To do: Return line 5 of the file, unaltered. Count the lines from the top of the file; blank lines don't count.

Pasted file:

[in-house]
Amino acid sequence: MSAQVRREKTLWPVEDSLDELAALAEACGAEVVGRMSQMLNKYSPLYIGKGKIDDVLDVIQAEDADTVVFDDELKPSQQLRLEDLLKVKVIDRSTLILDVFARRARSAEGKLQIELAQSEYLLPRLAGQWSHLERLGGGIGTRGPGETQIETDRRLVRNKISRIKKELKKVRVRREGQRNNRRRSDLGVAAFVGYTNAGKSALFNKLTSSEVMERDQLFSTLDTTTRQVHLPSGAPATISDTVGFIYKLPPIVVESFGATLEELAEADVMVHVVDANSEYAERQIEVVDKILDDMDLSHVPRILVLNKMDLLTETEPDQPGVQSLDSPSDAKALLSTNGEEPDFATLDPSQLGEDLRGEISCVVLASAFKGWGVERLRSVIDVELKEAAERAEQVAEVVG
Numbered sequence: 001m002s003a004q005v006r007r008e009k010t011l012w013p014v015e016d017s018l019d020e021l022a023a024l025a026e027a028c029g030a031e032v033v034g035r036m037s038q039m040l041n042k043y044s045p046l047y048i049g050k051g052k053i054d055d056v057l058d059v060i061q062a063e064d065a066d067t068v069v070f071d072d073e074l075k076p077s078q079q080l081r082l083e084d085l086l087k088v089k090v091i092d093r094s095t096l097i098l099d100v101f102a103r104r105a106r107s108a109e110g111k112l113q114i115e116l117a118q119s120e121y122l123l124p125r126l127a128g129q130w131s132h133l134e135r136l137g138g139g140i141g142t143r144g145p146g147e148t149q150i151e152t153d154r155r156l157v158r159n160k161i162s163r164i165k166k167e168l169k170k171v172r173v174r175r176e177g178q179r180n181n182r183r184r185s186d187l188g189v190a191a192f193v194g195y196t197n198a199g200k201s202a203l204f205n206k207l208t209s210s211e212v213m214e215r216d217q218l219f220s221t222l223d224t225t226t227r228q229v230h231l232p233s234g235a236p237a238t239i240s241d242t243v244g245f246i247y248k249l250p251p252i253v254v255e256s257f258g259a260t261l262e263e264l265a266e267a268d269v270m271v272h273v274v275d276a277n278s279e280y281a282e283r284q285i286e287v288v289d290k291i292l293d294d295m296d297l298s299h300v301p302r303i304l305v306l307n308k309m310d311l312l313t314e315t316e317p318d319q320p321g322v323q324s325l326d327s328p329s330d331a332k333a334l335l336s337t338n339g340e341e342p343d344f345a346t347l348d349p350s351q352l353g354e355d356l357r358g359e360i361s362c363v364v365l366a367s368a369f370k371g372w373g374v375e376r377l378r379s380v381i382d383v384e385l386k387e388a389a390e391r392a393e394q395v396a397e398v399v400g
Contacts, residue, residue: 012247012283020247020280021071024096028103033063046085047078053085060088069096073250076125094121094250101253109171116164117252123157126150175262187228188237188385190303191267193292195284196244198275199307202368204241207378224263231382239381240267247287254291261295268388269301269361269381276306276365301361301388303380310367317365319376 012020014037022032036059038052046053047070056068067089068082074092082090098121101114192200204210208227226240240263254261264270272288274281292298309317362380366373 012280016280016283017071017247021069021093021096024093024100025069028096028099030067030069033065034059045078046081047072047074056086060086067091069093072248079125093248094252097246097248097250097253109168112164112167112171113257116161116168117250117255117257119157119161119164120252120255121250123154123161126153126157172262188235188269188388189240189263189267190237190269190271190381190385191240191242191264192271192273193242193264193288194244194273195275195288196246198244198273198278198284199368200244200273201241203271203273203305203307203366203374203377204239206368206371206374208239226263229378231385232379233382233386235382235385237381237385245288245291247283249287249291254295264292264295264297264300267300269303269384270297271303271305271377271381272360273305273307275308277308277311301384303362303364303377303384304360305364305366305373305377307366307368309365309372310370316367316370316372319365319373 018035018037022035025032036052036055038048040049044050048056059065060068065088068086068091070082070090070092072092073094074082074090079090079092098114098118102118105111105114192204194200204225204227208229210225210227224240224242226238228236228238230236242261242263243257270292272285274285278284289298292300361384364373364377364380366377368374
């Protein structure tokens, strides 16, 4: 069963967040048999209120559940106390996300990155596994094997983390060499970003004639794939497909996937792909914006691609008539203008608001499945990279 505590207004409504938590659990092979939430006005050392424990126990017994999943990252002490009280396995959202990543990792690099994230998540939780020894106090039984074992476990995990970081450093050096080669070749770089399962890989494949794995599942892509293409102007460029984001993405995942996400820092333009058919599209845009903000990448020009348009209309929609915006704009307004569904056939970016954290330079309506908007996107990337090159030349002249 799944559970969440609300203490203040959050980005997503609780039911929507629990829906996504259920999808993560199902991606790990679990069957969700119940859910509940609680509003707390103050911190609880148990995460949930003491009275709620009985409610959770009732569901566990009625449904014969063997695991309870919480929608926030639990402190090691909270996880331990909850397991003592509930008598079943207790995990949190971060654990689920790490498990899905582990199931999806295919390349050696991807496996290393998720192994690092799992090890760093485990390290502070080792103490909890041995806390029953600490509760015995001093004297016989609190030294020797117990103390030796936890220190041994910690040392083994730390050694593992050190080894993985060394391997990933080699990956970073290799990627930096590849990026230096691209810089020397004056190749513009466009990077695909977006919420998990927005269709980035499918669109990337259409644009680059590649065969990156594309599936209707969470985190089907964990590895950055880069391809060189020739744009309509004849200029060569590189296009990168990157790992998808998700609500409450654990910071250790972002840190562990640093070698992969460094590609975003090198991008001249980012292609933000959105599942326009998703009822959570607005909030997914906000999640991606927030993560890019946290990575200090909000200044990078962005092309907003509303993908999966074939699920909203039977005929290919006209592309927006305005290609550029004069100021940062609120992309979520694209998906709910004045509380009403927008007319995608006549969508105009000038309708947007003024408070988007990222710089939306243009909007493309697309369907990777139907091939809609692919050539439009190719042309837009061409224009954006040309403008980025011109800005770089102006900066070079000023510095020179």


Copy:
């Protein structure tokens, strides 16, 4: 069963967040048999209120559940106390996300990155596994094997983390060499970003004639794939497909996937792909914006691609008539203008608001499945990279 505590207004409504938590659990092979939430006005050392424990126990017994999943990252002490009280396995959202990543990792690099994230998540939780020894106090039984074992476990995990970081450093050096080669070749770089399962890989494949794995599942892509293409102007460029984001993405995942996400820092333009058919599209845009903000990448020009348009209309929609915006704009307004569904056939970016954290330079309506908007996107990337090159030349002249 799944559970969440609300203490203040959050980005997503609780039911929507629990829906996504259920999808993560199902991606790990679990069957969700119940859910509940609680509003707390103050911190609880148990995460949930003491009275709620009985409610959770009732569901566990009625449904014969063997695991309870919480929608926030639990402190090691909270996880331990909850397991003592509930008598079943207790995990949190971060654990689920790490498990899905582990199931999806295919390349050696991807496996290393998720192994690092799992090890760093485990390290502070080792103490909890041995806390029953600490509760015995001093004297016989609190030294020797117990103390030796936890220190041994910690040392083994730390050694593992050190080894993985060394391997990933080699990956970073290799990627930096590849990026230096691209810089020397004056190749513009466009990077695909977006919420998990927005269709980035499918669109990337259409644009680059590649065969990156594309599936209707969470985190089907964990590895950055880069391809060189020739744009309509004849200029060569590189296009990168990157790992998808998700609500409450654990910071250790972002840190562990640093070698992969460094590609975003090198991008001249980012292609933000959105599942326009998703009822959570607005909030997914906000999640991606927030993560890019946290990575200090909000200044990078962005092309907003509303993908999966074939699920909203039977005929290919006209592309927006305005290609550029004069100021940062609120992309979520694209998906709910004045509380009403927008007319995608006549969508105009000038309708947007003024408070988007990222710089939306243009909007493309697309369907990777139907091939809609692919050539439009190719042309837009061409224009954006040309403008980025011109800005770089102006900066070079000023510095020179």